With the abrupt impacts of COVID-19, entire school systems have been pushed to move academic curriculums online overnight. Alberta has undergone a fast and sudden migration towards online learning, without any previous plan or precedent. We’ve put together some tips to help both parents and schools ease into this new transition.
With parents working remotely and students transitioning to full online learning, we’re facing a unique time in history where both parents and children are operating alongside each other at home. While remote working has become increasingly popular in the workforce, online learning will be a foreign experience to most young students. For some children, maintaining attention in a linear classroom setting is already challenging. As virtual learning continues to manifest over digital classrooms, parents are finding it difficult for their children to sit through a day’s worth of online lessons. However, rather than training children to sit still, consider advocating for healthy movement to help students channel pent-up energy into involvement.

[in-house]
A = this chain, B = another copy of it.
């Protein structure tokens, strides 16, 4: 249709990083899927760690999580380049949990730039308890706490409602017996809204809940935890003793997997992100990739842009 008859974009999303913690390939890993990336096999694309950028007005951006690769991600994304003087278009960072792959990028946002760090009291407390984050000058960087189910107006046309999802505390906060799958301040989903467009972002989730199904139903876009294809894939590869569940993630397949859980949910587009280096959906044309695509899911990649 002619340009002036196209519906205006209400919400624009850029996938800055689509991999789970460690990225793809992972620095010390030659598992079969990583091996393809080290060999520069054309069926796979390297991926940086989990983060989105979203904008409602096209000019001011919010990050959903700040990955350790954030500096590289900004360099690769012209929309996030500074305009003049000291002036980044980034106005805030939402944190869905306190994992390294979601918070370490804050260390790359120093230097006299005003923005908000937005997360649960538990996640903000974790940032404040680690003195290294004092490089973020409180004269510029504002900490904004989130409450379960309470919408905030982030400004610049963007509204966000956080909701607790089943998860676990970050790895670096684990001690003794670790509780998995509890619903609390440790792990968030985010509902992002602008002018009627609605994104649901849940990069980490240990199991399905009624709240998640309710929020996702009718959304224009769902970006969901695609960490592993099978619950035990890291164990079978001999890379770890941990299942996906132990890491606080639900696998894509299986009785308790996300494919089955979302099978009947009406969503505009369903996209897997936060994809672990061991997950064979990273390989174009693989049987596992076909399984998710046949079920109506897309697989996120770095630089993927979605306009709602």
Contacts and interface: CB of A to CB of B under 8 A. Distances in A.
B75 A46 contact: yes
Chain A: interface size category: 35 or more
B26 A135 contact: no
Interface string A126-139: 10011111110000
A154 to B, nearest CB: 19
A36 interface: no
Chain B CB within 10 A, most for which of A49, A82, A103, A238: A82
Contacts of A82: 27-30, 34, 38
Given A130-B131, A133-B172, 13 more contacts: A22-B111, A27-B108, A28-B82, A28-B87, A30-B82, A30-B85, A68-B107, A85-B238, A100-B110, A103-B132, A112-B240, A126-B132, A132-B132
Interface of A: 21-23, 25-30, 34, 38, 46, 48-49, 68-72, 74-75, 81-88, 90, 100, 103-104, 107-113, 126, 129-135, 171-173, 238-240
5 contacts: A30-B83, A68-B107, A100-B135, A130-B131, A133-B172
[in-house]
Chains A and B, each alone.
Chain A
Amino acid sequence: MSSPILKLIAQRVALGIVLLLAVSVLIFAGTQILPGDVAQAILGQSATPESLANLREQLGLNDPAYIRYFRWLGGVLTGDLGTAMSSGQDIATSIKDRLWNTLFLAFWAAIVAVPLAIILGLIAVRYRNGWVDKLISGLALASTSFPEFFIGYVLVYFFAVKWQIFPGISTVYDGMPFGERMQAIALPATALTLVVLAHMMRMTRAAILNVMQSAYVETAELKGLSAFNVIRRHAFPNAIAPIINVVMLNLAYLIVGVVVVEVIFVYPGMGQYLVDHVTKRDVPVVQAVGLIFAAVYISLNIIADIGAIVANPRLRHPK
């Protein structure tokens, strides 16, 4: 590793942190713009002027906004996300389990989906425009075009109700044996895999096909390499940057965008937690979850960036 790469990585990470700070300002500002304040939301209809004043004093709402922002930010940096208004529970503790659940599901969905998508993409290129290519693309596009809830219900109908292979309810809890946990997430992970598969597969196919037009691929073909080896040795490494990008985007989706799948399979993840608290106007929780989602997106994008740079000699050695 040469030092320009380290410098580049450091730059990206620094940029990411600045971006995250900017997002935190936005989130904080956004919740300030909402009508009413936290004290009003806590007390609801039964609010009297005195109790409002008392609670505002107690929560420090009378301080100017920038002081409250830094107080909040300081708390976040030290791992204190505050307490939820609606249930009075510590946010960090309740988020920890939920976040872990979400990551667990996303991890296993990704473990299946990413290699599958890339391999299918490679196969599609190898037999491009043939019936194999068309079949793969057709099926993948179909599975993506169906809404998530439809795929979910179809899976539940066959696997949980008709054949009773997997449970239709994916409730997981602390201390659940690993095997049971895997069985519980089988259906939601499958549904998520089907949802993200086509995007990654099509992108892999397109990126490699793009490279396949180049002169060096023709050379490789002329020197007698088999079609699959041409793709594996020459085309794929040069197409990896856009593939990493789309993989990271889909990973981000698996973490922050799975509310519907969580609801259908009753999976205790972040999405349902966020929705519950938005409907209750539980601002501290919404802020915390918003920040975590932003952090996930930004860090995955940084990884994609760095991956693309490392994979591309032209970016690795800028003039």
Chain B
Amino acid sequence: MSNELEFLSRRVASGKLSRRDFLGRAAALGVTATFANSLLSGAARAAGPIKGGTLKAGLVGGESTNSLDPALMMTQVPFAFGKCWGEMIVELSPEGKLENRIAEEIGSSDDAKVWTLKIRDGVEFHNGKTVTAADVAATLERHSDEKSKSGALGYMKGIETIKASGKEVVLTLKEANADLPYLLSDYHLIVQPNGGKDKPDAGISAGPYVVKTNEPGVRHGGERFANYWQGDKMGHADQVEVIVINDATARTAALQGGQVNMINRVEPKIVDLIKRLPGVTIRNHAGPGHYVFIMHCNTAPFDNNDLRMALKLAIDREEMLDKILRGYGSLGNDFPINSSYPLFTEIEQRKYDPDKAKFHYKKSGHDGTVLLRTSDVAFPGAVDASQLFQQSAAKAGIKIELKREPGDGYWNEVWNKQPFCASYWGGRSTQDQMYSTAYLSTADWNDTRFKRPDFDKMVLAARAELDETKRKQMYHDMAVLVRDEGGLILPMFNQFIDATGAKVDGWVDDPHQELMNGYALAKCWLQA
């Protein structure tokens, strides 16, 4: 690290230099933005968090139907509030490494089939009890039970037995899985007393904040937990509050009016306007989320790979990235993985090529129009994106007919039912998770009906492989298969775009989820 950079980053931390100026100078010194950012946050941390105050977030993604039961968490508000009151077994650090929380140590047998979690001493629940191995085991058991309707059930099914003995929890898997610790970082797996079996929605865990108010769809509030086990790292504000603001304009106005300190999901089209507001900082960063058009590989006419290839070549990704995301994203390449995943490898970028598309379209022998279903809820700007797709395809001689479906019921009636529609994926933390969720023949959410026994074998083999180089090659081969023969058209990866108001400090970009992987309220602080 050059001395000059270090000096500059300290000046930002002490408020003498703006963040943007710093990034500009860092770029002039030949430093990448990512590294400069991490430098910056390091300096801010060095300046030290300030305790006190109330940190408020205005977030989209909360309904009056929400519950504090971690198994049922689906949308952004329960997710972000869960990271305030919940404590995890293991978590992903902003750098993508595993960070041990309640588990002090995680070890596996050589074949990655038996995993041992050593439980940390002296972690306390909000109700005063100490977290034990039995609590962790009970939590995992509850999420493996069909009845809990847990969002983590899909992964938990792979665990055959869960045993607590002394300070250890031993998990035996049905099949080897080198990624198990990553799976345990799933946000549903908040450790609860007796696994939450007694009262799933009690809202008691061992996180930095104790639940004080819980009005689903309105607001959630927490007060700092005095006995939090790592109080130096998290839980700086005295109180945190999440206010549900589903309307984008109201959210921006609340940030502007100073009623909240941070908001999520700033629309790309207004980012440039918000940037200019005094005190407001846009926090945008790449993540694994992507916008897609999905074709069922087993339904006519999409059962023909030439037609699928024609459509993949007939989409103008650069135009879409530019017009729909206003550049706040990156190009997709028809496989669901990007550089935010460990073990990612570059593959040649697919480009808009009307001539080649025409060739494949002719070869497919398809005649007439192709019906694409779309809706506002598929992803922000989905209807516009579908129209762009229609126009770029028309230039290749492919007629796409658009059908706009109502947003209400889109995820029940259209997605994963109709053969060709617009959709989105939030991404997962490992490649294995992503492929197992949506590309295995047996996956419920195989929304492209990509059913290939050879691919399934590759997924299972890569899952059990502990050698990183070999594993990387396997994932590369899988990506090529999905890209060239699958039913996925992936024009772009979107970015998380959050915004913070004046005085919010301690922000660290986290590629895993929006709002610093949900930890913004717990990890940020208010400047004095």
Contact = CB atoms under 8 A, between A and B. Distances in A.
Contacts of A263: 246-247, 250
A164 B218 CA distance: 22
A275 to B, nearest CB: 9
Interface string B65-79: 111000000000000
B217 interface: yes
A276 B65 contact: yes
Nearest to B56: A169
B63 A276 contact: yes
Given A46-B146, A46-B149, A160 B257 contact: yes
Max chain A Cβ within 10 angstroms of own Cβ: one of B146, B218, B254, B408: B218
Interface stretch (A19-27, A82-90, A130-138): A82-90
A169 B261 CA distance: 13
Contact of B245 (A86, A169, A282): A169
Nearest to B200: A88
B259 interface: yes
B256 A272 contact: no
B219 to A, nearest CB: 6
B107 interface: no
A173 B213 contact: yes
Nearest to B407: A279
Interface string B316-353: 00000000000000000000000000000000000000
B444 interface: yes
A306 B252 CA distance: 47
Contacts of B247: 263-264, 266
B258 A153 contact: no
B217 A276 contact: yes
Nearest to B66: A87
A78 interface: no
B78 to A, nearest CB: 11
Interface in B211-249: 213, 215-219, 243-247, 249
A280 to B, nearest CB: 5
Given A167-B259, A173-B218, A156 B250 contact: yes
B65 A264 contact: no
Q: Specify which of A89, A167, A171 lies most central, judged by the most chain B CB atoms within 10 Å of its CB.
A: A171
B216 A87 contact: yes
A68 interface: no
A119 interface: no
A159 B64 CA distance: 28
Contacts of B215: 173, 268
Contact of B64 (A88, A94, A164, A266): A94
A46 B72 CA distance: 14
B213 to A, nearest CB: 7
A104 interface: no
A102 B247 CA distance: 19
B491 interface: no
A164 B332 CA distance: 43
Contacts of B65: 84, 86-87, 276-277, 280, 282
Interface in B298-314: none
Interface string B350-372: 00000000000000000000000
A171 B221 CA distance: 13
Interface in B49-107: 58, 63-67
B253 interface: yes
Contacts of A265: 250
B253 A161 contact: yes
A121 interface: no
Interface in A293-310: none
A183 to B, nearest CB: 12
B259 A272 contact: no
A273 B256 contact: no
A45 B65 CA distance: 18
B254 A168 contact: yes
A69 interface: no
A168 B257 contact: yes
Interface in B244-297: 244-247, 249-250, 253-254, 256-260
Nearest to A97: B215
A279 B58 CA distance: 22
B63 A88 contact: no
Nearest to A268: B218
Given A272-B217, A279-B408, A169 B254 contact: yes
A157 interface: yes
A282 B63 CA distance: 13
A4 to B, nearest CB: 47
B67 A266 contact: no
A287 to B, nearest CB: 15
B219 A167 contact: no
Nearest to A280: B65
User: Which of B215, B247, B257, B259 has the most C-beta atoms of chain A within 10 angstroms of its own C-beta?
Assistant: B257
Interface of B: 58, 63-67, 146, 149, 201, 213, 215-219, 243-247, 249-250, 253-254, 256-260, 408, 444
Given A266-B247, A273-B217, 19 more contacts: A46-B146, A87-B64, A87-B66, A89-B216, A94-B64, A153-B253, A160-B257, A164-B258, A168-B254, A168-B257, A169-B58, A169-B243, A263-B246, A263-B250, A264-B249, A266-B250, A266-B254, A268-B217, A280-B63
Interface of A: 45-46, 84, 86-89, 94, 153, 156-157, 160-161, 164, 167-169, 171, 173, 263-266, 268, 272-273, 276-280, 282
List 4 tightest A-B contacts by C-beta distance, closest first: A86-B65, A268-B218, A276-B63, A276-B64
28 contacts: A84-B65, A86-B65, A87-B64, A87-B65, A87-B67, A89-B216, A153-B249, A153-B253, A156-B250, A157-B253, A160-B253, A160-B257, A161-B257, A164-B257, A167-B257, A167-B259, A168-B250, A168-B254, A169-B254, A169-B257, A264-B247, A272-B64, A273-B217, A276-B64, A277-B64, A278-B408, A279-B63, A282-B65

With a focus on avid migration towards online learning, getting caught up in a standardized approach can be easy. While creating a uniform system can help make this transition smooth and seamless, we can’t neglect our attention to unique student learning styles. Where’s the balance between setting up a consistent teaching system and personalized learning approaches? How can we empower our students to take ownership of their learning while at home? The answer begins with us.